Gay Discharges on the Rise 

More gays booted from Fort Carson

The U.S. military's "Don't Ask, Don't Tell" policy was supposed to allow gays, lesbians and bisexuals to serve in the armed forces as long as they kept their sexuality a private matter. But at Fort Carson and throughout the nation, the number of homosexuals discharged from the military has kept growing ever since the policy was signed into law by President Clinton in 1993.

Last year at Fort Carson, 19 soldiers were discharged from the Army for being gay, lesbian or bisexual, according to numbers obtained from the Pentagon by the Servicemembers Legal Defense Network (SLDN), a group that advocates allowing gays to serve openly in the military. That's nearly double the number from the previous year, when there were 10 such discharges, and almost four times the number in 1997, when there were five.

At the U.S. Air Force Academy, no cadets have been discharged for being homosexual in at least five years, and no active-duty service members have been discharged for being gay in at least three years, according to a spokesman. Numbers for Peterson Air Force Base and Schriever Air Force Base were not available by press time.

The increase at Fort Carson reflects a national trend. According to the SLDN, the nationwide number of gay discharges has grown steadily from 617 in 1994, to 1,250 last year.

The group's executive director, C. Dixon Osburn, said the numbers show the "Don't Ask, Don't Tell" policy has failed. After Clinton ran into opposition in trying to reverse the military's ban on gays, he agreed to the compromise policy, under which officers would no longer ask recruits and service members about their sexuality, and gay service members would theoretically be allowed to serve as long as they kept their sexuality private.

According to Osburn, the policy is widely being disregarded.

"The idea of 'Don't Ask, Don't Tell' is a myth," Osburn said. "The Pentagon continues to ask and pursue and harass every day, which means that any of the promises that were made have gone by the wayside."

The discharges amount to a waste of human resources during a time when America is engaged in a crucial war against terrorism, Osburn said. The SLDN estimates the real cost of gay discharges at more than $35 million per year.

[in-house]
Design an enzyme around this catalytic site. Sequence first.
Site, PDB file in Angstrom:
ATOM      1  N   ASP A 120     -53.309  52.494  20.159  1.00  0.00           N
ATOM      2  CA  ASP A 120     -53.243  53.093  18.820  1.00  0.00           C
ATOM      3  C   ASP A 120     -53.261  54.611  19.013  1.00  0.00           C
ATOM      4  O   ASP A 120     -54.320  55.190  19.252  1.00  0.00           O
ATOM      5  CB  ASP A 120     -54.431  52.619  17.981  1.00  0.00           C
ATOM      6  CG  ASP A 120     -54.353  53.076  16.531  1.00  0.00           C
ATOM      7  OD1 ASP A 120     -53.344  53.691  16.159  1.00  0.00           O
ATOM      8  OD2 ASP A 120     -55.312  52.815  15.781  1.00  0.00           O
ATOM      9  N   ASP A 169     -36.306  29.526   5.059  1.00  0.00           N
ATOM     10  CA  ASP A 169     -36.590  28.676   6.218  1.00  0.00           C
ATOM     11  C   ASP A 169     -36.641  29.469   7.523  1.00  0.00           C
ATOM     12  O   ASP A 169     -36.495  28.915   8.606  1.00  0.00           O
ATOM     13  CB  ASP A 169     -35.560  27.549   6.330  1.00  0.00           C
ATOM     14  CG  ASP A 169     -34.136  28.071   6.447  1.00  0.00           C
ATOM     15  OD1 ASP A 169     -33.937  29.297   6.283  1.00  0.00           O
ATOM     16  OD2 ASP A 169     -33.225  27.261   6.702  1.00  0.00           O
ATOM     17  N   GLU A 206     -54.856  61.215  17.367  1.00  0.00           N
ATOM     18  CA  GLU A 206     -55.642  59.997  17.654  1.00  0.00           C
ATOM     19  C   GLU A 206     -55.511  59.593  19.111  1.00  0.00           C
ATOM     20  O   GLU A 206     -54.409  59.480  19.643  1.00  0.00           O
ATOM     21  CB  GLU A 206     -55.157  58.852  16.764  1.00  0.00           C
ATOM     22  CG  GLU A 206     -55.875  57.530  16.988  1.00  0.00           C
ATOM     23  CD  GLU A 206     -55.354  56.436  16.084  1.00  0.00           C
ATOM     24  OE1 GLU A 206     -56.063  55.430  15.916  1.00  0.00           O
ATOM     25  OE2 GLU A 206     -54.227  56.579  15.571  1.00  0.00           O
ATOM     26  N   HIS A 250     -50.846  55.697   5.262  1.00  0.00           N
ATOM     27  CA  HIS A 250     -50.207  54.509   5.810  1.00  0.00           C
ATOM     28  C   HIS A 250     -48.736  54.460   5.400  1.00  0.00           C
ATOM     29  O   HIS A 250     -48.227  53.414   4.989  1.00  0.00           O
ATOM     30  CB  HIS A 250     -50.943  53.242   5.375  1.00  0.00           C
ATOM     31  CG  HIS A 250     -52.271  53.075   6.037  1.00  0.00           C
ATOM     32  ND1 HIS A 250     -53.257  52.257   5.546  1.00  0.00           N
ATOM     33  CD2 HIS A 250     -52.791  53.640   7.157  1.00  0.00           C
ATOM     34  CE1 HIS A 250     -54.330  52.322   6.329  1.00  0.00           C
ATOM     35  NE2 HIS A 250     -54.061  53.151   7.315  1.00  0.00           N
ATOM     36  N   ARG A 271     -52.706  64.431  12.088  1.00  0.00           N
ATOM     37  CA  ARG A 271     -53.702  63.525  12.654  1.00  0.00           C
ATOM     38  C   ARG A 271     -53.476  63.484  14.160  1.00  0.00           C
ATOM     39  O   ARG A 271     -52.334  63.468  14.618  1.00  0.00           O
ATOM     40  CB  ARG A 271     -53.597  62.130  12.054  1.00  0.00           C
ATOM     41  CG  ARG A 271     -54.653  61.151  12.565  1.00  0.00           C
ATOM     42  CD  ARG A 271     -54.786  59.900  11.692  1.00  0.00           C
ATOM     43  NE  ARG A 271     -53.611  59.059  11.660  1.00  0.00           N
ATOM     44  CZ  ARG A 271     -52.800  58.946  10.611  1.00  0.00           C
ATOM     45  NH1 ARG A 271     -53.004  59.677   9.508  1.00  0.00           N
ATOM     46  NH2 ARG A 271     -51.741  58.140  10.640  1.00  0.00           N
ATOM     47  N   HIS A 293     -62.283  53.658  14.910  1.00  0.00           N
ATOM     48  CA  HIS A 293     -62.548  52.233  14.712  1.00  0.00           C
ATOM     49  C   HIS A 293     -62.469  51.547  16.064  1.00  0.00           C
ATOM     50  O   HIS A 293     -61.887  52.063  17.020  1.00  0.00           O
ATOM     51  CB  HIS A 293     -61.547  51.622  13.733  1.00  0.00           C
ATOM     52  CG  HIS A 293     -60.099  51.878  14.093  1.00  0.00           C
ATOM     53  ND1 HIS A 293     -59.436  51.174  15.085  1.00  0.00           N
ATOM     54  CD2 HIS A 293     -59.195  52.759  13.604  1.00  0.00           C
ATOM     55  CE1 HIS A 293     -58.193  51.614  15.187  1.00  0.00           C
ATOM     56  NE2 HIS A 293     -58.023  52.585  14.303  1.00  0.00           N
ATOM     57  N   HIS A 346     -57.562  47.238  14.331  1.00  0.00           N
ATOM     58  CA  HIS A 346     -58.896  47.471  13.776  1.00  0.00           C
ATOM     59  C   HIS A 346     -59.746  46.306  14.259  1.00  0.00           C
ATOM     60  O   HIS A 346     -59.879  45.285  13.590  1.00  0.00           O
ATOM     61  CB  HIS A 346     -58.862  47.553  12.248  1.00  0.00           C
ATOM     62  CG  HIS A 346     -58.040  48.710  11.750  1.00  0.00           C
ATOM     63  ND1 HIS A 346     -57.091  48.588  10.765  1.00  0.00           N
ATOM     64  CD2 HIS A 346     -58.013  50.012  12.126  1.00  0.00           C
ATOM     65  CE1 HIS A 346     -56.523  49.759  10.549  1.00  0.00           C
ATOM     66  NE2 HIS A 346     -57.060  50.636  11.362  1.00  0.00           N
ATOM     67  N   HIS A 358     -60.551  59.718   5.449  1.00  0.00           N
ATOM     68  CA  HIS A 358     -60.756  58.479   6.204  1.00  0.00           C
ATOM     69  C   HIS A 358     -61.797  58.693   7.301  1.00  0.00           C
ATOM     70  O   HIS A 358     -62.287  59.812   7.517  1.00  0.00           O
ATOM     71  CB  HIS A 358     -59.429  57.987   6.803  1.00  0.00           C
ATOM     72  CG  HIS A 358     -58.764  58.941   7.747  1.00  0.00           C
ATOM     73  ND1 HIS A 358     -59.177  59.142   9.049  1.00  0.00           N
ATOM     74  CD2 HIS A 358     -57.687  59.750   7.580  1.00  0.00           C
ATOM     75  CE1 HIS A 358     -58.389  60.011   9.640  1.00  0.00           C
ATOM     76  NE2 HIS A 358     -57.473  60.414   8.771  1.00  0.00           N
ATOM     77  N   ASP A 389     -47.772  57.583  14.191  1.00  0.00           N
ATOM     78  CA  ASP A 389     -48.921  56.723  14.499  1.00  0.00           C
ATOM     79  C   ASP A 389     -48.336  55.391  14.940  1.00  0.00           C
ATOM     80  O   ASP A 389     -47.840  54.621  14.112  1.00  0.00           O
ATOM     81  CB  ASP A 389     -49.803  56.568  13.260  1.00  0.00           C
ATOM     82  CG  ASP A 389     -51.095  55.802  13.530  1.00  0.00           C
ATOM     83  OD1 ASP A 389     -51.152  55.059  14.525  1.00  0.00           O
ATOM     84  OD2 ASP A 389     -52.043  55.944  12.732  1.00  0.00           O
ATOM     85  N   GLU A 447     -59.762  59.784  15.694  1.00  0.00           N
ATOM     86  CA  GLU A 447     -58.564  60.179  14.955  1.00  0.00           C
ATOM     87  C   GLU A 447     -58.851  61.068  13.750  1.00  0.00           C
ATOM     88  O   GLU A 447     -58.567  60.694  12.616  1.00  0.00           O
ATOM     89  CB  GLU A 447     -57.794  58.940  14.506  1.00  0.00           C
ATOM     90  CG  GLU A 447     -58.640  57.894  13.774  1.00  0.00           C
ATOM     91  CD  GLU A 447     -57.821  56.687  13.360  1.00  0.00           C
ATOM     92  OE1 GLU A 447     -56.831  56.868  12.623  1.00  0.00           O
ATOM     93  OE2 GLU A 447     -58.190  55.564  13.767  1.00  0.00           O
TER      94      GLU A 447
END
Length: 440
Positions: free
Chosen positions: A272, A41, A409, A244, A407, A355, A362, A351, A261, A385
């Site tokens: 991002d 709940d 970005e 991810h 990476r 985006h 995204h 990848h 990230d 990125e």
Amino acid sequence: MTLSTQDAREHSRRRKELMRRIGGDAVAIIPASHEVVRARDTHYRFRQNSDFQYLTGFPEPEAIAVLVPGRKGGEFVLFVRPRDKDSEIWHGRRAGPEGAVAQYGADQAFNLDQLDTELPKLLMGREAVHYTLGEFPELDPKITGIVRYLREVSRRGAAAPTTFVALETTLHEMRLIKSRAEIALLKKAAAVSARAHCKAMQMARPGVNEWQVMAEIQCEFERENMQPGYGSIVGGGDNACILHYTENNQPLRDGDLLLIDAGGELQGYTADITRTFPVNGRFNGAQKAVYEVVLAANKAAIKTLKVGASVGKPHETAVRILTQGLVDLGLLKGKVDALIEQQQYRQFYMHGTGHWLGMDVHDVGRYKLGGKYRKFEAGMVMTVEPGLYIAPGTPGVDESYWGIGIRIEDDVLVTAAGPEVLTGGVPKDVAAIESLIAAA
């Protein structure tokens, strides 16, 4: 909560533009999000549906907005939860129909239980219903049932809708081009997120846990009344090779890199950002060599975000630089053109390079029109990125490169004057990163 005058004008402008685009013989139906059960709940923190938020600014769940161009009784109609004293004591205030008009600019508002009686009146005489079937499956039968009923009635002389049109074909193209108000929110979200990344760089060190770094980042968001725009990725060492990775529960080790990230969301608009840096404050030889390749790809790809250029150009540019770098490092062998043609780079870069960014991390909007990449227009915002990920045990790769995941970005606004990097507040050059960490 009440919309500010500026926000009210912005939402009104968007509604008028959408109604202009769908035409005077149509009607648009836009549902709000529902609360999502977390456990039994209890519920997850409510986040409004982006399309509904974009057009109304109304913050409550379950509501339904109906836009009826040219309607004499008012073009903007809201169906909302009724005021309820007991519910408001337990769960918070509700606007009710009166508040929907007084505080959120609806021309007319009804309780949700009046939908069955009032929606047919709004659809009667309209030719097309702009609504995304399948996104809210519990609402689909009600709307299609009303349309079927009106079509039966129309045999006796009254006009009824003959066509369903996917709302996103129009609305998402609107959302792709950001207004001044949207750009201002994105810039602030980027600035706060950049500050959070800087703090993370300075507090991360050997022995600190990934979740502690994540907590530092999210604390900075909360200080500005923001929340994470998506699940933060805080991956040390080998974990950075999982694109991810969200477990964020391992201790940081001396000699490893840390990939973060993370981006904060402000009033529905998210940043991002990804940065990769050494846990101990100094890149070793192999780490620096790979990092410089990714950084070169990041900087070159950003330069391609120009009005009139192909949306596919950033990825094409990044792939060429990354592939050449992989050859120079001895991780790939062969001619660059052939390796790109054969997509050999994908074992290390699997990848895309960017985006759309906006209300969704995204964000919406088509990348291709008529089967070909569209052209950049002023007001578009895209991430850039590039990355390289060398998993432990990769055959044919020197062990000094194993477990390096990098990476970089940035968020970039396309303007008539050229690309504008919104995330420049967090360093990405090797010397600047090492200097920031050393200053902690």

Col. Jim Cassella, a Pentagon spokesman, questioned the notion that the number of gay discharges is growing. While the absolute number has increased slightly in the past few years, the number of active-duty service members and overall discharges has also increased slightly, he noted. As a proportion of all discharges, gay discharges have actually leveled off in the past few years at about 0.6 percent, Cassella said.

Cassella noted that while wasting human resources may be regrettable, Congress has determined that "service by those who have a propensity to engage in homosexual acts creates an unacceptable risk to morale, good order, discipline and unit cohesion."

"The policy is based in law," Cassella said. "We have our marching orders, so to speak, from Congress."

Cassella said the military regularly trains service members on the "Don't Ask, Don't Tell" policy and actively discourages all types of harassment.

"We expect all service members to be treated with dignity and respect," Cassella said.

Those who are discharged are people who violate the policy by coming out, he suggested.

"If they didn't violate [the] policy, they wouldn't be discharged," he said.

Kim Tisor, a spokeswoman for Fort Carson, said she couldn't comment on the SLDN's statistics for the base without verifying them, which she was unable to do by press time. However, she said, "We follow U.S. military policy and directives no matter what they may be."

-- Terje Langeland


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